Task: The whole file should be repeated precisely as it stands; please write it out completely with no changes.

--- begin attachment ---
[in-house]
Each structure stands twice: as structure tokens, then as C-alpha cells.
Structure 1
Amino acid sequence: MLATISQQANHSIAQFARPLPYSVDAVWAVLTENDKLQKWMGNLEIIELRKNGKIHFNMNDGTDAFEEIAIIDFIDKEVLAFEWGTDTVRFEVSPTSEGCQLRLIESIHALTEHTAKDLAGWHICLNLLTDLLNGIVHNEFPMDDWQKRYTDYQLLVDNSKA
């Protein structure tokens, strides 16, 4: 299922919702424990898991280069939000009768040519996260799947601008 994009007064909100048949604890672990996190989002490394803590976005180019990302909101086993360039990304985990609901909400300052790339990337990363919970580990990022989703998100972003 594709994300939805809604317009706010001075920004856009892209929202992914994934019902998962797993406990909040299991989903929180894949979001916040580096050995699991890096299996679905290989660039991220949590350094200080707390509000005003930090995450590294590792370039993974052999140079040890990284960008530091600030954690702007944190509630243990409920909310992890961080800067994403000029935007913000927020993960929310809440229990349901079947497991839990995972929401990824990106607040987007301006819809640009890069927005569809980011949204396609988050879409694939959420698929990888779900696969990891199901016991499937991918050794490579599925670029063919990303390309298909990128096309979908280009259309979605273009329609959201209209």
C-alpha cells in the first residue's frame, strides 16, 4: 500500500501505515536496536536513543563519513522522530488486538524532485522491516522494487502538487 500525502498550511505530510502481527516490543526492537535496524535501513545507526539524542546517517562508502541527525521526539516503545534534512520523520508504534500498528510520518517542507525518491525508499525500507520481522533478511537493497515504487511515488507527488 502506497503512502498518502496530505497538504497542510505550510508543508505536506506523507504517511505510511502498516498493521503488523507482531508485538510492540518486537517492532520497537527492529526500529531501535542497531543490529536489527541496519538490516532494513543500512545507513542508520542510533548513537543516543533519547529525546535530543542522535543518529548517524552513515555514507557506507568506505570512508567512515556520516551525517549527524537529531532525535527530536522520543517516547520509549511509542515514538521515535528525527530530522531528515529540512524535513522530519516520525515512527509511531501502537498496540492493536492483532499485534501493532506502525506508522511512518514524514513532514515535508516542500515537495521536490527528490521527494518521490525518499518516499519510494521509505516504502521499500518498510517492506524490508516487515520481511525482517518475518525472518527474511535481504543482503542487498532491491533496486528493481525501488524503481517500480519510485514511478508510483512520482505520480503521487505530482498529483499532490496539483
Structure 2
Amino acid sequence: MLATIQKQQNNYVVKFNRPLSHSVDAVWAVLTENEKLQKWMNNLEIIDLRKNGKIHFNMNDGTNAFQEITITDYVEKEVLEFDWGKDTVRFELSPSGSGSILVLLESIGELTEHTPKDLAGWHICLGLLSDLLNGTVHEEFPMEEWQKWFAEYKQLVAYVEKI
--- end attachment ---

[in-house]
Each structure stands twice: as structure tokens, then as C-alpha cells.
Structure 1
Amino acid sequence: MLATISQQANHSIAQFARPLPYSVDAVWAVLTENDKLQKWMGNLEIIELRKNGKIHFNMNDGTDAFEEIAIIDFIDKEVLAFEWGTDTVRFEVSPTSEGCQLRLIESIHALTEHTAKDLAGWHICLNLLTDLLNGIVHNEFPMDDWQKRYTDYQLLVDNSKA
């Protein structure tokens, strides 16, 4: 299922919702424990898991280069939000009768040519996260799947601008 994009007064909100048949604890672990996190989002490394803590976005180019990302909101086993360039990304985990609901909400300052790339990337990363919970580990990022989703998100972003 594709994300939805809604317009706010001075920004856009892209929202992914994934019902998962797993406990909040299991989903929180894949979001916040580096050995699991890096299996679905290989660039991220949590350094200080707390509000005003930090995450590294590792370039993974052999140079040890990284960008530091600030954690702007944190509630243990409920909310992890961080800067994403000029935007913000927020993960929310809440229990349901079947497991839990995972929401990824990106607040987007301006819809640009890069927005569809980011949204396609988050879409694939959420698929990888779900696969990891199901016991499937991918050794490579599925670029063919990303390309298909990128096309979908280009259309979605273009329609959201209209």
C-alpha cells in the first residue's frame, strides 16, 4: 500500500501505515536496536536513543563519513522522530488486538524532485522491516522494487502538487 500525502498550511505530510502481527516490543526492537535496524535501513545507526539524542546517517562508502541527525521526539516503545534534512520523520508504534500498528510520518517542507525518491525508499525500507520481522533478511537493497515504487511515488507527488 502506497503512502498518502496530505497538504497542510505550510508543508505536506506523507504517511505510511502498516498493521503488523507482531508485538510492540518486537517492532520497537527492529526500529531501535542497531543490529536489527541496519538490516532494513543500512545507513542508520542510533548513537543516543533519547529525546535530543542522535543518529548517524552513515555514507557506507568506505570512508567512515556520516551525517549527524537529531532525535527530536522520543517516547520509549511509542515514538521515535528525527530530522531528515529540512524535513522530519516520525515512527509511531501502537498496540492493536492483532499485534501493532506502525506508522511512518514524514513532514515535508516542500515537495521536490527528490521527494518521490525518499518516499519510494521509505516504502521499500518498510517492506524490508516487515520481511525482517518475518525472518527474511535481504543482503542487498532491491533496486528493481525501488524503481517500480519510485514511478508510483512520482505520480503521487505530482498529483499532490496539483
Structure 2
Amino acid sequence: MLATIQKQQNNYVVKFNRPLSHSVDAVWAVLTENEKLQKWMNNLEIIDLRKNGKIHFNMNDGTNAFQEITITDYVEKEVLEFDWGKDTVRFELSPSGSGSILVLLESIGELTEHTPKDLAGWHICLGLLSDLLNGTVHEEFPMEEWQKWFAEYKQLVAYVEKI